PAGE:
In the first part I made a little introduction on gain setting in CMOS camera and also presented simple comparison made with luminance filter. In this entry I will show another comparison – but this time made with narrowband Ha 7nm filter. The difference between narrowband and LRGB filters is fundamental. Narrowband filters transmit much less light that comes both from target and from sky background. Ha 7nm filter for example passes about 2.3% of the light passed by luminance filter (assuming equal spectral distribution). It is now easy to calculate, that if one wants to achieve the same level of lightness in the frame as for luminance, you need to extend exposure time  over 40 times!


Since narrowband filters pass so little of light, intrinsic noise of camera (read noise, quantization noise, thermal noise) becomes more significant.

Sh2-112 emission nebula imaged in H alpha band

I have chosen Sh2-112 emission nebula as a sample target. I made three series of subframes – total exposure time of each serie was 20 minutes:

  1. 20×1 minute, gain=100, offset=60, calibrated with 40×1 darks and flats
  2. 4×5 minutes, gain=100, offset=60, calibrated with 20×5 darks and flats
  3. 4×5 minutes, gain=0, offset=40, calibrated with 20×5 darks and flats

All images were made with Meade ACF10″ telescope, AP CCDT67 telecompressor and QHY163M camera on EQ6 mount. Sensor temperature was -18*C. Conditions: suburban sky (NELM 5mag), transparency good, seeing moderate.

Subframes were calibrated and stacked using Sum algorithm to avoid advanced stacking algorithms influence. Levels of both stacks were equalized with Linear Fit function in Pixinsight software.

Different gain results

First comparison shows all three stacks stretched with STF function in PixInsight:

From left: 20×1 minutes gain=100, 4×5 minutes gain=100, 4×5 minutes gain=0

And the same frames, but enlarged:

From left: 20×1 minutes gain=100, 4×5 minutes gain=100, 4×5 minutes gain=0

The differences between images are quite subtle. When you take a closer look into nebula details, especially low contrast features, then you possibly can notice some of them. The worst outcome is from 4×5 minutes stack made at gain=0. Intrinsic camera noise (read and quantization noise) are largest at gain=0 setting, and narrowband filter transmits low amount of light. That is why these noise becomes visible in the final picture.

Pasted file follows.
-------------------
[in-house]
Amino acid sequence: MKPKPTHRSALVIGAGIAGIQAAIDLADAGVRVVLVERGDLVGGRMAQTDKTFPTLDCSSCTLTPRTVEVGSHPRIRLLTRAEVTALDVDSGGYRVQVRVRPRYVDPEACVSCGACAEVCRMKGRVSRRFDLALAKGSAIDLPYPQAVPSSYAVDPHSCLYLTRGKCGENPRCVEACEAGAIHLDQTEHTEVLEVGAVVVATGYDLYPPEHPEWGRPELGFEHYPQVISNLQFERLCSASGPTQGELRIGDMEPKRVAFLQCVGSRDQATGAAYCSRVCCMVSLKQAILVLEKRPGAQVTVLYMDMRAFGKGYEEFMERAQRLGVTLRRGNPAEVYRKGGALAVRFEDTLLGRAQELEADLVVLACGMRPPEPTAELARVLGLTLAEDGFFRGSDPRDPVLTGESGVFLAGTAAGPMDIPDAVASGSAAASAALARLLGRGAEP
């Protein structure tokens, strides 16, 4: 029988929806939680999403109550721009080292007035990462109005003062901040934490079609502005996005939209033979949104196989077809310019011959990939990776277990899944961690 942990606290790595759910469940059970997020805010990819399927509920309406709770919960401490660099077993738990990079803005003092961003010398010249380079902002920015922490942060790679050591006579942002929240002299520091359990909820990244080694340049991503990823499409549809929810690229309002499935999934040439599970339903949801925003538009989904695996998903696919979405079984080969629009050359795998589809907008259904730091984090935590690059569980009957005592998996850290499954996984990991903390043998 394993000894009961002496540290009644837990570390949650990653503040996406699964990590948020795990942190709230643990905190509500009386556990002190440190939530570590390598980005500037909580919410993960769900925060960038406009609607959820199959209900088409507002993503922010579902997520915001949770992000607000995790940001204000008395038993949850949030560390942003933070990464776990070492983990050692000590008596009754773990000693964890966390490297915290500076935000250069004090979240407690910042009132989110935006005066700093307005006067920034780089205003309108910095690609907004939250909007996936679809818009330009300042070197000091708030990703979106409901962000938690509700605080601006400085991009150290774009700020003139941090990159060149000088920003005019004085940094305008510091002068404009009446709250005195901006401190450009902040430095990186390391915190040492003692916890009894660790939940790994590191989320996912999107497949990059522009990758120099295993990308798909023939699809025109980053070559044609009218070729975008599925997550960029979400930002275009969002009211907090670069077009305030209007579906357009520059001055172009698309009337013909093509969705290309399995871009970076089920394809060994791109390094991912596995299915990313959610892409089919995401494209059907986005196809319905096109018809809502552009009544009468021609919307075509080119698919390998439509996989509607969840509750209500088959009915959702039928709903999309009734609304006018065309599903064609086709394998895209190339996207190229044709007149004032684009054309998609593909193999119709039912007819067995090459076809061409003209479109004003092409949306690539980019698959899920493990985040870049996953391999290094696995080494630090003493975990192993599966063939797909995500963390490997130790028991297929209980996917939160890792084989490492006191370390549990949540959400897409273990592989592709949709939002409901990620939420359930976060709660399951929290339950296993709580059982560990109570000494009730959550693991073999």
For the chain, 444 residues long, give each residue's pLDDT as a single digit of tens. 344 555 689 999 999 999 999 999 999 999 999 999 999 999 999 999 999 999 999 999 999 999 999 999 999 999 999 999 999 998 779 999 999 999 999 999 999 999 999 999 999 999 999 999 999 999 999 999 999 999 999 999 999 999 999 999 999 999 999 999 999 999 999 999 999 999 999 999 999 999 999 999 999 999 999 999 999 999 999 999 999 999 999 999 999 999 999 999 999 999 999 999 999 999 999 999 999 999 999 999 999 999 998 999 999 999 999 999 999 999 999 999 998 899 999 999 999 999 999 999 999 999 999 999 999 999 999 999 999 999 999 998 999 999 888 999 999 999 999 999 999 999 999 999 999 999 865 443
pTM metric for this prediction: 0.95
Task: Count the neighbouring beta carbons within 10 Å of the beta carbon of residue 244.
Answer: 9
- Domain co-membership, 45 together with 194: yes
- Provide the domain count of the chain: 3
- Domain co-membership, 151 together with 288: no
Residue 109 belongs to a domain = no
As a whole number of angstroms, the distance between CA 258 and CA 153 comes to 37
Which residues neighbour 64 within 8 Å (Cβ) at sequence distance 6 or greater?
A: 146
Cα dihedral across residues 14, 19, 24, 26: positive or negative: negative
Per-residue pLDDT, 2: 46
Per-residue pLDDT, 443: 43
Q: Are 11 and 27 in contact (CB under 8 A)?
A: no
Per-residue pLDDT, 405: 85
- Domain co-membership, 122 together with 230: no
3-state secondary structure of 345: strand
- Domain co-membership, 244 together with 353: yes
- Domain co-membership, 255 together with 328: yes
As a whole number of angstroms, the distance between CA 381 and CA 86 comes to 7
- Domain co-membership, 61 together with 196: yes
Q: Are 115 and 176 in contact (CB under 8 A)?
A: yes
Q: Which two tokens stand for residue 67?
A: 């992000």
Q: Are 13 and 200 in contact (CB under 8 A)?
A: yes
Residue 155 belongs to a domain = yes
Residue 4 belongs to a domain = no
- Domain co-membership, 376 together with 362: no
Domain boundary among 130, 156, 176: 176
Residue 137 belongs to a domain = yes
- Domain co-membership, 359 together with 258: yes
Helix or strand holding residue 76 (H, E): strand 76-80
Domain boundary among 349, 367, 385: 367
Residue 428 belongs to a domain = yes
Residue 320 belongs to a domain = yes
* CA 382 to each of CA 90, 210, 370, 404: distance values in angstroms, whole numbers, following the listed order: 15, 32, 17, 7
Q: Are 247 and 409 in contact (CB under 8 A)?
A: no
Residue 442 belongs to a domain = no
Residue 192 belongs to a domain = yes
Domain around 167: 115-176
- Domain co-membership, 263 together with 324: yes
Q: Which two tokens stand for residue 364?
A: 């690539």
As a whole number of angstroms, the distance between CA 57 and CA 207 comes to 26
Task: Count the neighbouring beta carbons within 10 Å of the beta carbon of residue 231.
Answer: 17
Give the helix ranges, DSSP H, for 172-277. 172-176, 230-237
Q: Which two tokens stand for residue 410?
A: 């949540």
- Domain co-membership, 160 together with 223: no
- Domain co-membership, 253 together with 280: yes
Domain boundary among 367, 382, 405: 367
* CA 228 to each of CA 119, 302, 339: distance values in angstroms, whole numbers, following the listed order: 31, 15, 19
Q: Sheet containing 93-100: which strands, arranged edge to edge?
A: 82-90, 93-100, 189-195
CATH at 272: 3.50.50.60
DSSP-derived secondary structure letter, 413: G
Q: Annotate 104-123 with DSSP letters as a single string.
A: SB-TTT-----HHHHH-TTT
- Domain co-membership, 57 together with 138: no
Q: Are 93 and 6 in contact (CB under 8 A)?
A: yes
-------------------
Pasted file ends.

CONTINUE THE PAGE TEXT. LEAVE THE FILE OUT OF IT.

The best effect was achieved with 4×5 minutes stack made at gain=100. When we increase gain we get rid of quantization noise, and read noise is reduced by half. The final picture is of better quality.

20×1 minute stack made with gain=100 is somewhere in the middle. We again reduce quantization and read noises, but also we add these noises 20 times to the final picture (because we have 20 subframes). That’s why the result is worse when compared to 4×5 minutes gain=100 stack. But still better, than 4×5 minutes stack at gain=0.

And here is screenshot made in MaxIm DL software:

Stars and background area where SNR and noise were measured
STACK Background noise Star #1 SNR Star #2 SNR
20×1 g=10016.6720118.1
4×5 g=10013.5122822.3
4×5 g=021.3214812.9


What conclusions can be made? Similar to the ones already made in the first part. Additionally you can easily assume that for CMOS camera narrowband imaging almost always it is worth to increase gain. There is no simple rule for single subframe exposure time and gain setting. There are too many factors that affects final outcome: sky brightness, telescope focal ratio, AD converter resolution, camera read noise, total exposure time, target dynamic range and probably some more. But for my current setup (QHY163M, f/7.5 telescope, suburban sky) I will probably work at the following settings:

  • with LRGB filters I will use gain=100 and subframe exposure time 60 seconds (120 seconds for faint targets)
  • with narrowband filters gain=100 and subframe exposure time 300s

But one way or another the differences between different settings final stacks are not massive. Unless you will mess up with settings really badly. 

Clear skies!